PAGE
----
MotorCities National Heritage Area

By Robert Tate, Automotive Historian and Researcher
Images Courtesy of Chrysler Archives
Published 5.29.2019

Ad featuring the front end of the 1970 Dodge Challenger Chrysler Archives RESIZED 1Ad featuring the front end of the 1970 Dodge Challenger (Chrysler Archives)

The 1970s was a decade of great automobile design and high performance, which many Americans still remember fondly.

I remember the 1970 Dodge Challenger when it was introduced to the public in the fall of 1969. I always thought the car represented excitement and performance, offering the consumer a long hood design with a short rear deck that would appeal to the sports car enthusiast.Ad for the 1970 Dodge Challenger Chrysler Archives 2Ad for the 1970 Dodge Challenger (Chrysler Archives)

The 1970s Dodge Challenger and Challenger R/T models were very popular with the buying public. They offered a unique sheet metal design, from its wraparound bumpers to a smaller design window. Concealed windshield wipers, ventless door glass, post-type door latches, floating caliper disc brakes, automatic speed control and bucket seat adjusters were all a part of the Dodge Challenger’s package. After their introduction, the 1970s Dodge Challenger body designs stayed pretty much the same.  Ad for the 1970 Dodge Challenger Chrysler Archives 3Ad for the 1970 Dodge Challenger (Chrysler Archives)

The Challenger was part of a new line of performance cars from the Chrysler Corporation, known as their “SCAT PACK” models, which also included the Dart Swinger 340, Super Bee, Charger and Daytona models. Another popular Dodge Challenger model was the T/A, which stood for Trans Am. The Dodge Challenger T/A model was something special and a great looking model. They offered a 6-pack 340 engine with a rally suspension, front disc brakes and many other great options.1971 Dodge Challenger Convertible Indy 500 Pace Car Chrysler Archives 41971 Dodge Challenger Convertible Indy 500 Pace Car (Chrysler Archives)

Bob McCurry, Dodge general manager at the time, had announced that the T/A was scheduled to enter production in early March 1970, and the first 2,500 units were completed by mid-April. The 1970 Dodge Challenger models were officially introduced to the public on September 25, 1969.1971 Dodge Challenger Motown Missile Hive Mind RESIZED 51971 Dodge Challenger Motown Missile (Hive Mind)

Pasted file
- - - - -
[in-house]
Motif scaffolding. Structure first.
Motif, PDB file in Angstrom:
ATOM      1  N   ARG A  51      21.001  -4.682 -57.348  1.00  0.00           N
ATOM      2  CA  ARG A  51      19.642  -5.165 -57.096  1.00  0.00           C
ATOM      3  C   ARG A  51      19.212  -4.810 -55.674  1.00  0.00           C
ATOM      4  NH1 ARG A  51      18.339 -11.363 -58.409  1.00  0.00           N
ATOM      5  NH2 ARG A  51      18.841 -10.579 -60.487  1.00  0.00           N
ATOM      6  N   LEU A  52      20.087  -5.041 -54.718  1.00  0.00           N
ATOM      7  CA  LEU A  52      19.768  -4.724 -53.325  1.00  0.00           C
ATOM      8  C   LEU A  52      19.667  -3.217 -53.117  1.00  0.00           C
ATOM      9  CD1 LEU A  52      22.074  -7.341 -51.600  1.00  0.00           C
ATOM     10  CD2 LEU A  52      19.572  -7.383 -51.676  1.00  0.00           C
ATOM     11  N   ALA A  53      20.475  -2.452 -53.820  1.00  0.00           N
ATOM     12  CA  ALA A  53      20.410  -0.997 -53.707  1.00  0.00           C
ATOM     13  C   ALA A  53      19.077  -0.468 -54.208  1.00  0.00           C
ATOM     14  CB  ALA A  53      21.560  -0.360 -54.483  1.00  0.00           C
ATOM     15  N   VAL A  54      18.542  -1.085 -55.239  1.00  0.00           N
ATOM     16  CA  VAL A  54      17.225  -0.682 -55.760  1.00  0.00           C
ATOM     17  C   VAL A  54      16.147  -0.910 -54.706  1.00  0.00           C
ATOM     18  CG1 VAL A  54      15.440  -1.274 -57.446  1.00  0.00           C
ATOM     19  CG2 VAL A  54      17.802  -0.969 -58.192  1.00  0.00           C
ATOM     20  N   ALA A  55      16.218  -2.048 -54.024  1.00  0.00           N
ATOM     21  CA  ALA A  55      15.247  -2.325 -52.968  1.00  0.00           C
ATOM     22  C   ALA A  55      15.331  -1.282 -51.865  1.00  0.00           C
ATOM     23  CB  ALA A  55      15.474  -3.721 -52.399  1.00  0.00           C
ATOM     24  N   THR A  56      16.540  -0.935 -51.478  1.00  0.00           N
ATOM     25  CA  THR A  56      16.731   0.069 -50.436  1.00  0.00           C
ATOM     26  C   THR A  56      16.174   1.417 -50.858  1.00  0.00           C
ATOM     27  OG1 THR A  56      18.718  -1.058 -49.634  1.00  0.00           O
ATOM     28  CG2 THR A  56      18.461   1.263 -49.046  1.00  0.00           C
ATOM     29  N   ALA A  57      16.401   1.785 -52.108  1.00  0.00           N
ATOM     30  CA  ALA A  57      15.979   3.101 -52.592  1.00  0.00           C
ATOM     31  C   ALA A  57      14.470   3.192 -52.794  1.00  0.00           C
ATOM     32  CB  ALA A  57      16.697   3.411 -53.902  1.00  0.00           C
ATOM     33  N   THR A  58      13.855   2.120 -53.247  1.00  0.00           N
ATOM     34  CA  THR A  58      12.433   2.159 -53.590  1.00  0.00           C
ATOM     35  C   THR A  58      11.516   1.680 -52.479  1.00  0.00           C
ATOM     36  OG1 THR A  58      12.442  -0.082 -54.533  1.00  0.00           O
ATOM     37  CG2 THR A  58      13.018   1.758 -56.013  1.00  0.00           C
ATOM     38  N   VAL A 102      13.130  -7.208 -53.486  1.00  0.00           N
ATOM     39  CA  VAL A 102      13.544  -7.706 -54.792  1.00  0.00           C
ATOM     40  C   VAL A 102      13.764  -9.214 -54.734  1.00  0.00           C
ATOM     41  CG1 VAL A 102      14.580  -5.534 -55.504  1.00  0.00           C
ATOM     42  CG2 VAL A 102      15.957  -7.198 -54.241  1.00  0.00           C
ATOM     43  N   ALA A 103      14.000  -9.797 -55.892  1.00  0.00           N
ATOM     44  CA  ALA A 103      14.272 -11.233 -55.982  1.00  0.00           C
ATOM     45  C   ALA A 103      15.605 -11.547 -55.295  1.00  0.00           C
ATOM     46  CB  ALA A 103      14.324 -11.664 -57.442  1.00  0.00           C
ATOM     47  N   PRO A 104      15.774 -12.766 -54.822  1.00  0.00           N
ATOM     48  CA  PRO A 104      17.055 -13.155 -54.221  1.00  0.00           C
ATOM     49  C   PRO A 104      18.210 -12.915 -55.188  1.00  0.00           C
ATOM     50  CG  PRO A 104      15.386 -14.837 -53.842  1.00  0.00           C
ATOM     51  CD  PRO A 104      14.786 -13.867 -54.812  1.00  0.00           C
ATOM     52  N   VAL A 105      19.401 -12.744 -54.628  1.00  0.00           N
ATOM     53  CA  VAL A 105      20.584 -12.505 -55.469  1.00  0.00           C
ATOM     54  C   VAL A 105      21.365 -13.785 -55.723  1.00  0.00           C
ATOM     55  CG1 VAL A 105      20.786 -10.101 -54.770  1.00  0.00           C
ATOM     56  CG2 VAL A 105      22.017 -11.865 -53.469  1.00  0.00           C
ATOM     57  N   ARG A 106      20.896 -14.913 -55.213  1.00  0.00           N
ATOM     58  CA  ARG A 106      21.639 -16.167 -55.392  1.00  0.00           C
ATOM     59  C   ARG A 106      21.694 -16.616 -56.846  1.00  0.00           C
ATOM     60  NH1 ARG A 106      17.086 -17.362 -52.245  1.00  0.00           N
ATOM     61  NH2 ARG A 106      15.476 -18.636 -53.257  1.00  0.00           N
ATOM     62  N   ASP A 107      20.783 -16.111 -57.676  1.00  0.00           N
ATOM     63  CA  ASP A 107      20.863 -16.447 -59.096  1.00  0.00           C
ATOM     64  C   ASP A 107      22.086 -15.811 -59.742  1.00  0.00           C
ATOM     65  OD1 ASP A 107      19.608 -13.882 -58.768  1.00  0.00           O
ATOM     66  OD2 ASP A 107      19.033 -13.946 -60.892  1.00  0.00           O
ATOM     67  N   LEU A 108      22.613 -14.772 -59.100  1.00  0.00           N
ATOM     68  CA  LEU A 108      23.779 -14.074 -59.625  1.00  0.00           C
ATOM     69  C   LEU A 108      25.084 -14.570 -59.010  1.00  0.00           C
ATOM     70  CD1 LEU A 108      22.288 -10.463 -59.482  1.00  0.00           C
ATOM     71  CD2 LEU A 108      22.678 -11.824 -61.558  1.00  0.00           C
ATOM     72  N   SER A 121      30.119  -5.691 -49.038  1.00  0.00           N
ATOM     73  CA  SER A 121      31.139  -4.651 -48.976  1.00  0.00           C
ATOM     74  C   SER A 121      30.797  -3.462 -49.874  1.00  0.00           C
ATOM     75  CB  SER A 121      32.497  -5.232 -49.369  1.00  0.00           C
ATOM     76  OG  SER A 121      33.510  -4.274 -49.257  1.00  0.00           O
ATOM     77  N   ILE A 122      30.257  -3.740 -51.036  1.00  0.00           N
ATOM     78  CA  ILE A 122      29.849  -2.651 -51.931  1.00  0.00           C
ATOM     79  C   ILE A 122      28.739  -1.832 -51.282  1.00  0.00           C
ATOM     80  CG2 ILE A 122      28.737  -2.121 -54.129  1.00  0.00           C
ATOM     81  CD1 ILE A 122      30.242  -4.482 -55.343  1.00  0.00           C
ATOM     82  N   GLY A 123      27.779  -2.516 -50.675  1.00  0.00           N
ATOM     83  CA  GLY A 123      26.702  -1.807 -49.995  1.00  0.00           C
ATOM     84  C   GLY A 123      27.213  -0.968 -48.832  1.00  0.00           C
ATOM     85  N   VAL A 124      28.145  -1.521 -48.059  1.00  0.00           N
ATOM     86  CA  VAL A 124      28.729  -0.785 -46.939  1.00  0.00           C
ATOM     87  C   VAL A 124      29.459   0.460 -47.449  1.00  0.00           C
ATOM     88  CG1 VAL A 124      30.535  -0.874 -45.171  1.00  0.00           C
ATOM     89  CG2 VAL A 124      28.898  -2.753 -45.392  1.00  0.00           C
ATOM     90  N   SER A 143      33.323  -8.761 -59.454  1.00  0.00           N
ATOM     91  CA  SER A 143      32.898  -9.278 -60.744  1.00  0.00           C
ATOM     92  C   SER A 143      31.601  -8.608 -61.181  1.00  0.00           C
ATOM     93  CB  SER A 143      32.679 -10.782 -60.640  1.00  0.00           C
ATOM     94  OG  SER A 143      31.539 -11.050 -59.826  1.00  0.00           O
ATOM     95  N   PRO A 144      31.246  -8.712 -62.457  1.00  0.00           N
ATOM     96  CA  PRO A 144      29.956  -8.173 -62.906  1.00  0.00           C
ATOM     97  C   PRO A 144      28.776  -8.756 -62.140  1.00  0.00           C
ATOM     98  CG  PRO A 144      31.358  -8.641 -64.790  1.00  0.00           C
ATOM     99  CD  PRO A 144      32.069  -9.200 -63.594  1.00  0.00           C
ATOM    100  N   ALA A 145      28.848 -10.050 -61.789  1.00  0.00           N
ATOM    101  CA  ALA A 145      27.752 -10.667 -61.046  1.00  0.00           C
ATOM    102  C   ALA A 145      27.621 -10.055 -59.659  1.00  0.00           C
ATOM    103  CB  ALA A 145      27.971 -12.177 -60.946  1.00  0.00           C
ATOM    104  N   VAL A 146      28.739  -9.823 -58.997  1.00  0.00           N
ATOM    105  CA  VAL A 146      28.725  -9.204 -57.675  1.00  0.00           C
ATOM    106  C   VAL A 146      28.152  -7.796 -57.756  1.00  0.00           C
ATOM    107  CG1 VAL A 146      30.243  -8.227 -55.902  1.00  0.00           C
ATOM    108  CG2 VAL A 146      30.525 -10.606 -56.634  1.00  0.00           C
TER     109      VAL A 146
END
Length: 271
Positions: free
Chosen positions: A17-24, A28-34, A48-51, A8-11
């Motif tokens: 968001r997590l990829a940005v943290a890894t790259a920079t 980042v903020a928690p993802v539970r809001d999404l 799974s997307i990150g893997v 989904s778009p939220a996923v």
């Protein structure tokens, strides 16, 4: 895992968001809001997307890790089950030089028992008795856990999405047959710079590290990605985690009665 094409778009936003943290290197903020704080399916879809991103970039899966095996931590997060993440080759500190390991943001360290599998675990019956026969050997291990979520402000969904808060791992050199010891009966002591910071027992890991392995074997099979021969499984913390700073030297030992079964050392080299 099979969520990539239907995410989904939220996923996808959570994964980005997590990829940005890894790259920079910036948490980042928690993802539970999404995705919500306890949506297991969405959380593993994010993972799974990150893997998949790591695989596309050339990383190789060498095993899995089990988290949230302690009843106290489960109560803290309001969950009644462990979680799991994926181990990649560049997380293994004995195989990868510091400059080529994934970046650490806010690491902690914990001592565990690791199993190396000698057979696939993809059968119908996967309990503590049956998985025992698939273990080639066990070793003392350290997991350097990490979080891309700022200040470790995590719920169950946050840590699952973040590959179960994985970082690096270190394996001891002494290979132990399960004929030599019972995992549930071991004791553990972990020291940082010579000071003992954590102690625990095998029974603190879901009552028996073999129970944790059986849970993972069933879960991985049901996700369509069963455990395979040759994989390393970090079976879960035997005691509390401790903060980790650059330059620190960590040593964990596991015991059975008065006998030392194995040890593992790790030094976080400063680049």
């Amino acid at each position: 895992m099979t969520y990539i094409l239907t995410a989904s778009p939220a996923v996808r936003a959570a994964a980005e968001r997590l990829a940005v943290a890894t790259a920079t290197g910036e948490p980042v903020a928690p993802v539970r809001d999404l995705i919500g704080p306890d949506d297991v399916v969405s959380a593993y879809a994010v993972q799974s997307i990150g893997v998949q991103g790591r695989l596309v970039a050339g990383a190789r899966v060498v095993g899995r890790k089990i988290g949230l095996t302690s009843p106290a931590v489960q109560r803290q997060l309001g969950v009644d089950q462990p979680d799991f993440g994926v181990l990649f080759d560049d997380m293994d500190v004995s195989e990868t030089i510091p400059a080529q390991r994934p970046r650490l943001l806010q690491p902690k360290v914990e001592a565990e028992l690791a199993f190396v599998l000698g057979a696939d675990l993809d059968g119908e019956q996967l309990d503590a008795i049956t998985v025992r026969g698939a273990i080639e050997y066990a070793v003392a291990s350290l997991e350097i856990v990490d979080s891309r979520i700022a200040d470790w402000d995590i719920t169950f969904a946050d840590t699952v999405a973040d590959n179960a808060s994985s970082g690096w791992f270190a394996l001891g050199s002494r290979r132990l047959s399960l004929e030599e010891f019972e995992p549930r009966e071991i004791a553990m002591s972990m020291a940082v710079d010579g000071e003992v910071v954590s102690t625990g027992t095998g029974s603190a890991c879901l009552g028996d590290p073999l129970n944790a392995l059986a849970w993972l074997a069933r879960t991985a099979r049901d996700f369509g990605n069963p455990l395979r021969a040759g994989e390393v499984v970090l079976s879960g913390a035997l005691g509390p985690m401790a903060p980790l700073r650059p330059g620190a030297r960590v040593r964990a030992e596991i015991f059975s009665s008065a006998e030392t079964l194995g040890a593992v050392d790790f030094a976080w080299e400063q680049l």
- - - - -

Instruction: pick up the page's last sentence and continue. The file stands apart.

The 1971 Challenger models offered the same basic body styles – hardtop and convertible –with very little changes, and Dodge manufactured 23,088 units for the year. That same year, a Dodge Challenger convertible represented Chrysler as the pace car for the 55th Indianapolis 500. The model was painted Hemi Orange and was very popular among race fans. The production 1971 Dodge Challenger convertible had a sticker price of $3,105.Ad for Dodge Challenger Rallye Chrysler Archives RESIZED 6Ad for Dodge Challenger Rally (Chrysler Archives)

Dodge Challengers were also very popular on the racetrack. For example, the “Motown Missile” 1970 Dodge Challenger displayed great performance and became very popular among Chrysler fans. Chrysler engineers from the Drag Racing Research and Development group were very involved with the high performance process. Don Carlton was the driver of the Motown Missile in the photo included with this story from the 1971 NHRA Spring Nationals in Dallas, Texas.2018 Dodge Challenger SRT Chrysler Archives RESIZED 72018 Dodge Challenger SRT (Chrysler Archives)

In conclusion, the Dodge Challenger models that have been reintroduced today are very popular, especially with younger drivers. Today, the Dodge Challenger features models like the SRT Hellcat Redeye and the Demon, keeping its muscle car tradition alive for future generations to come.


McPherson, Thomas A. “The Dodge Story.” Crestline Publishing, 1975.

Collins, Tom. “Chrysler Muscle Detroit’s Mightiest Machines.” Krause Publications, 2003.

Dodge Public Relations. “Challenger: Dodge’s Exciting Specialty Sporty Car for 1970.” August 27, 1969.